Content and Clarification
- Employer representatives responsible for contacting the employee’s health care providers must be an HR professional, leave administrator, health care provider, or management official. They cannot be the employee’s direct supervisor.
- Employers should ask for information required by the certification form only.
- Once the employer has received a complete and sufficient certification, the employer may not request additional information from the health care provider. However, the employer may use a human resources professional, a leave administrator, another health care provider, or a management official to contact the health care provider to authenticate or to clarify the certification. For example, the employer’s appropriate representative could ask the health care provider if the information contained on the form was completed or authorized by him or her, or ask questions to clarify the handwriting on the form or the meaning of a response. Under no circumstances may the employee’s direct supervisor contact the employee’s health care provider. Excerpted from Fact Sheet #28G, U.S. DOL: http://www.dol.gov/whd/regs/compliance/whdfs28g.pdf
- The final rule allows the health care provider to give a diagnosis of the patient’s health condition as part of the certification, but does not require this.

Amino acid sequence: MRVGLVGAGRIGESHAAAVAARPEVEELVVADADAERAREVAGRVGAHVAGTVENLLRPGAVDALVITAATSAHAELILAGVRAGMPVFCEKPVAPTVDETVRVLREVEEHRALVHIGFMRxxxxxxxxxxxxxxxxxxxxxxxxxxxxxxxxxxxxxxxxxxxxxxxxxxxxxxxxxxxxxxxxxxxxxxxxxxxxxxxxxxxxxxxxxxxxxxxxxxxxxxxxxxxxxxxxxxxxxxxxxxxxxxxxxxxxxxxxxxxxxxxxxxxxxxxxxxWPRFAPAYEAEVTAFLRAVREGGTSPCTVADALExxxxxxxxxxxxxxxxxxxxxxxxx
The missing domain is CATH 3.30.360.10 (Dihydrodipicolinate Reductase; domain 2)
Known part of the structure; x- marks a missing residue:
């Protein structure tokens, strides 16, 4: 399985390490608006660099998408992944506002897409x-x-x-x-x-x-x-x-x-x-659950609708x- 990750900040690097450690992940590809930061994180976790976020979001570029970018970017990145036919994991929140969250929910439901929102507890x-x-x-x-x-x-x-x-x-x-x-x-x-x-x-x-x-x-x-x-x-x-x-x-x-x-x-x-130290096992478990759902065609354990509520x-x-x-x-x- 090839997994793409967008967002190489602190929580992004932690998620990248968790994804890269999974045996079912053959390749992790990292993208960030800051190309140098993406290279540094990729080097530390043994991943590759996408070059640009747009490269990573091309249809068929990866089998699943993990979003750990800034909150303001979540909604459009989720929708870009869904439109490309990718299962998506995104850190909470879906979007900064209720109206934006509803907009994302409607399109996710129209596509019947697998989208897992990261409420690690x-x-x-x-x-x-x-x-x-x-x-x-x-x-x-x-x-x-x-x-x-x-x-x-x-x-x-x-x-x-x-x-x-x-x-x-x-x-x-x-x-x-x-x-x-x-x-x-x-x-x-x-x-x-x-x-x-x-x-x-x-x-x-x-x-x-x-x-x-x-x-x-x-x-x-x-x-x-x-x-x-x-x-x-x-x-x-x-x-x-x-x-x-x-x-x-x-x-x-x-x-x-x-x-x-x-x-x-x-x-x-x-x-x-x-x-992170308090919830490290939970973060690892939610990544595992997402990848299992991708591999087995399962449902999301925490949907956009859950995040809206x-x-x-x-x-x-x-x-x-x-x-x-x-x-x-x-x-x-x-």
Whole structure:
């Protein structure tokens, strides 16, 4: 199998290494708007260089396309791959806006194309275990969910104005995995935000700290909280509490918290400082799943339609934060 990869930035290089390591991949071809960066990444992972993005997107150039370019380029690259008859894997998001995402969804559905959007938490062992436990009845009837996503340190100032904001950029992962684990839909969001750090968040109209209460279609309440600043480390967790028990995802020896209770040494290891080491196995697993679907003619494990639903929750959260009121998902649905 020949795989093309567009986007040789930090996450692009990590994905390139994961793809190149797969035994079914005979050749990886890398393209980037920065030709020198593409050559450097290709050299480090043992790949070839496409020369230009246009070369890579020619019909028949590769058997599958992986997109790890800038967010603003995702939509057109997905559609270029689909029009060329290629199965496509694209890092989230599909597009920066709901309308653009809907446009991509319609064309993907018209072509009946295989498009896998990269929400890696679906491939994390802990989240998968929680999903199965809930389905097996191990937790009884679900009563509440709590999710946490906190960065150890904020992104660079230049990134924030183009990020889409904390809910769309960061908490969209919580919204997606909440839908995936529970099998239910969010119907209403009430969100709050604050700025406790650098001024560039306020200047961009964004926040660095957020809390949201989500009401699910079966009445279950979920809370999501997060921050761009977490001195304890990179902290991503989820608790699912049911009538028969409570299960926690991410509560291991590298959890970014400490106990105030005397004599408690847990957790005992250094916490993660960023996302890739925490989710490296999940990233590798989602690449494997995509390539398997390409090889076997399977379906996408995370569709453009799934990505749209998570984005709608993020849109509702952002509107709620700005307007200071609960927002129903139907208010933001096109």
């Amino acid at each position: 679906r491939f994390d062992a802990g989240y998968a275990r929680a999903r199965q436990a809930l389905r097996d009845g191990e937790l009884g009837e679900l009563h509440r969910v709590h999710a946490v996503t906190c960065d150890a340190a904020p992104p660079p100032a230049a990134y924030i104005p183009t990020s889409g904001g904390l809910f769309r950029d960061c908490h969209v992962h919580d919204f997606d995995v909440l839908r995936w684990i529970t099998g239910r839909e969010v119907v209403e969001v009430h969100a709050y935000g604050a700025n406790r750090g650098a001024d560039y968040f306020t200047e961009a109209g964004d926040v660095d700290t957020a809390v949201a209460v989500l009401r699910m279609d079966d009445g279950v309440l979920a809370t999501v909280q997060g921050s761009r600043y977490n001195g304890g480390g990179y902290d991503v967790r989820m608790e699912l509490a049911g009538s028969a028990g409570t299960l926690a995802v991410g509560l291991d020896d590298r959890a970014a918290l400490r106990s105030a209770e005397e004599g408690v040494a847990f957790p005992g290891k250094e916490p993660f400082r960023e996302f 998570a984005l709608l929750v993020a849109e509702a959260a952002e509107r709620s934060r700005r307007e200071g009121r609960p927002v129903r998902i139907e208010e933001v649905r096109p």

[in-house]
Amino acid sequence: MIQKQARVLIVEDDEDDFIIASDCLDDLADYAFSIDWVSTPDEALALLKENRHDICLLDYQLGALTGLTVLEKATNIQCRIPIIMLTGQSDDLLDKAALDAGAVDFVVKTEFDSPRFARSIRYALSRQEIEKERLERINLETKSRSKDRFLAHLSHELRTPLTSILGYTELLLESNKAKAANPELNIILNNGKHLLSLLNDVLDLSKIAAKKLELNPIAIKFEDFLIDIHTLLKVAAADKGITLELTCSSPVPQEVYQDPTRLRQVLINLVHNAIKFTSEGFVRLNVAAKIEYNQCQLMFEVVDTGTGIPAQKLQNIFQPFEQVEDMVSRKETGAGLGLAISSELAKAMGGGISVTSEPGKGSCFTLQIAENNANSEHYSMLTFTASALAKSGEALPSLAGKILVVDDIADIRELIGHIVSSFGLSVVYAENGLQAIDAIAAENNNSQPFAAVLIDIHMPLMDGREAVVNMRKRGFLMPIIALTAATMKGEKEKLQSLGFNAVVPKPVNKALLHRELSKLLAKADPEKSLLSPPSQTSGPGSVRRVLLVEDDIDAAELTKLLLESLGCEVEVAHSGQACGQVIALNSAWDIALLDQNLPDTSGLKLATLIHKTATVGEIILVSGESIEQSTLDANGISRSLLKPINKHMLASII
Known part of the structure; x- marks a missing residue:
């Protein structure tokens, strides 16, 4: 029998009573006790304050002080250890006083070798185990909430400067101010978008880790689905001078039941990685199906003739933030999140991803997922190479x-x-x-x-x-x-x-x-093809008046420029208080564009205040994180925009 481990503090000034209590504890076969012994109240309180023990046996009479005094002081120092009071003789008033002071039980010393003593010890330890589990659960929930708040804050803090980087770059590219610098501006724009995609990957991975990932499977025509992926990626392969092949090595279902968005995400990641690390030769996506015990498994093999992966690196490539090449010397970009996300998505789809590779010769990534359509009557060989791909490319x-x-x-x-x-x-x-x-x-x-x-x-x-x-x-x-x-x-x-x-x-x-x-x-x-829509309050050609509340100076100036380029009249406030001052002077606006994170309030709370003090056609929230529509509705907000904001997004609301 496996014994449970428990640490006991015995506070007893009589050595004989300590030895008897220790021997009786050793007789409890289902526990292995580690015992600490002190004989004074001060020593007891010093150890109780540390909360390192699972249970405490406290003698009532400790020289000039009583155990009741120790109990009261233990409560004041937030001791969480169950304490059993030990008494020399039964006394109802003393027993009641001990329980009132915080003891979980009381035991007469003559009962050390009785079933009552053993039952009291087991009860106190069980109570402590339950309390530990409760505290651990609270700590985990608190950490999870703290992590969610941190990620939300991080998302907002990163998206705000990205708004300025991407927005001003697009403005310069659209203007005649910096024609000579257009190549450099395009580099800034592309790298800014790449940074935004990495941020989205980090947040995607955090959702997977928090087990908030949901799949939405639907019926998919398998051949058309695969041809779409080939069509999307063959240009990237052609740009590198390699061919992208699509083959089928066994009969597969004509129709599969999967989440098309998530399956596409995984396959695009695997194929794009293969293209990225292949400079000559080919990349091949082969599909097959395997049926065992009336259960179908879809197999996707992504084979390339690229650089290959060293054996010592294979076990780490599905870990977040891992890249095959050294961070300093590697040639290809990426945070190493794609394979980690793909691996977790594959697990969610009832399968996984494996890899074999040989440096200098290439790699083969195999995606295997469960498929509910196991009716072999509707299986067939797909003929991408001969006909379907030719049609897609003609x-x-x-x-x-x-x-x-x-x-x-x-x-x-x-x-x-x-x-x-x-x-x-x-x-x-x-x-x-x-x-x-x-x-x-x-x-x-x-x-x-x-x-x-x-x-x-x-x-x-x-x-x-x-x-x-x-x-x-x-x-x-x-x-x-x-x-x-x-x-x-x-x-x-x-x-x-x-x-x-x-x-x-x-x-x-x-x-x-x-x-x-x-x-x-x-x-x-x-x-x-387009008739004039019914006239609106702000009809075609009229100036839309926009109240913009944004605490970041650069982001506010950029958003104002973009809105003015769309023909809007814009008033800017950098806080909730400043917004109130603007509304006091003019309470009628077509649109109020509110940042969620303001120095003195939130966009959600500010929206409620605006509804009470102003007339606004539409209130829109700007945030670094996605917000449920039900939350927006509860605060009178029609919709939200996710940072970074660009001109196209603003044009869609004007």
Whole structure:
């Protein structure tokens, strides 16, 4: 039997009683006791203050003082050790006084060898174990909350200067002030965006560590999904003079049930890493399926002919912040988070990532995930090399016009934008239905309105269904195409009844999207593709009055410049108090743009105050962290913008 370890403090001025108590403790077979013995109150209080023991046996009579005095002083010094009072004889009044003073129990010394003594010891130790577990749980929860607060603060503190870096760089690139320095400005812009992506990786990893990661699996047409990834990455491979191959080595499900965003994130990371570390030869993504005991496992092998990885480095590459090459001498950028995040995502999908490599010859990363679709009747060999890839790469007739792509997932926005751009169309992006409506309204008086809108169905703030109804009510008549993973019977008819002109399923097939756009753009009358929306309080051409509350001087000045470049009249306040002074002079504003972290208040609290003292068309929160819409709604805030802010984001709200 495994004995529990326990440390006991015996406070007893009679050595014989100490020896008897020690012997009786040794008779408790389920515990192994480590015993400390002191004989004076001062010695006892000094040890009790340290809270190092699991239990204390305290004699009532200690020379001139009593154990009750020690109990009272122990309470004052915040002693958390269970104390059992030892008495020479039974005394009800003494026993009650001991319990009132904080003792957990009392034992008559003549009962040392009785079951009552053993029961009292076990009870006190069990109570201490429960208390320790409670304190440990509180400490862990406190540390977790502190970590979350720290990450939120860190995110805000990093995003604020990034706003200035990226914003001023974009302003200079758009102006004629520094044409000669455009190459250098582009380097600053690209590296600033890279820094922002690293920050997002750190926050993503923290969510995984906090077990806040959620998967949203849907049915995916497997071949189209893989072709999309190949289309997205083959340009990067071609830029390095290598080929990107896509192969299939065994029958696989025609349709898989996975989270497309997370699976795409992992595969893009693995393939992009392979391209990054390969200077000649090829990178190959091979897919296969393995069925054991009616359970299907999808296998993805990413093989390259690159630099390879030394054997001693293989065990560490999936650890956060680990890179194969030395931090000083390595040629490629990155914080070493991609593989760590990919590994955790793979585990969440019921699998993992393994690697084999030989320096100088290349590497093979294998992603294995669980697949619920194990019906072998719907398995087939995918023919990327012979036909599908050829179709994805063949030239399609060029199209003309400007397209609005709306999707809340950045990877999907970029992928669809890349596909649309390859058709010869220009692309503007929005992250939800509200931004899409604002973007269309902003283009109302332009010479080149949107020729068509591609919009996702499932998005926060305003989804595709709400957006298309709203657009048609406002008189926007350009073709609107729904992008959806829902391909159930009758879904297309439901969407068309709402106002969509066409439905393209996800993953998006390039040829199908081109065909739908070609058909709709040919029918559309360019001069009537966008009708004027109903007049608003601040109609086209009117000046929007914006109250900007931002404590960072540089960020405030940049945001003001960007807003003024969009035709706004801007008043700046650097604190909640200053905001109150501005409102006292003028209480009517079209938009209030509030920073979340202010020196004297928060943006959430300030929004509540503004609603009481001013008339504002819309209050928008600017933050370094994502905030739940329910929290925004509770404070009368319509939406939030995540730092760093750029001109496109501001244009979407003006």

- The DOL may have separate forms available and required for applicable/eligible family members. Refer to those forms as necessary.
Medical Certification and Timing
- Employers may request a new medical certification each leave year for health conditions that last more than one year.
- Employers may request a re-certification of an on-going condition every six months in conjunction with an absence. (Except when a minimum duration of incapacity has been specified in the certification, in which case recertification generally may not be required until that duration has passed). Previously, under the law, an employer could require re-certification no more than every 30 days.
- Employers now have five (versus two) days after the employee provides notice to request that an employee furnish a medical certification. (NOTE: There are now two separate medicalcertification forms – one for the employee’s own serious health issues and one for the employee’s family member. To find updated forms and other valuable information, including FMLA posters, visit http://www.dol.gov/whd/fmla/index.htm.
Fitness for Duty Certification
Restrictions still apply for those employers requesting fitness for duty certificates for employees on intermittent FML. Under the legislation, employers are able to request a fitness for duty certificate once every 30 days “if reasonable safety concerns exist regarding the employee’s ability to perform his or her duties, based on the serious health condition for which the employee took such leave.”
Waiver of Rights
Under updated rules, employees may elect to voluntarily settle their FMLA claims without the interference of court or DOL. Prospective waivers of FMLA are prohibited. Employees cannot waive, nor may employers induce employees to waive, their rights under the FMLA.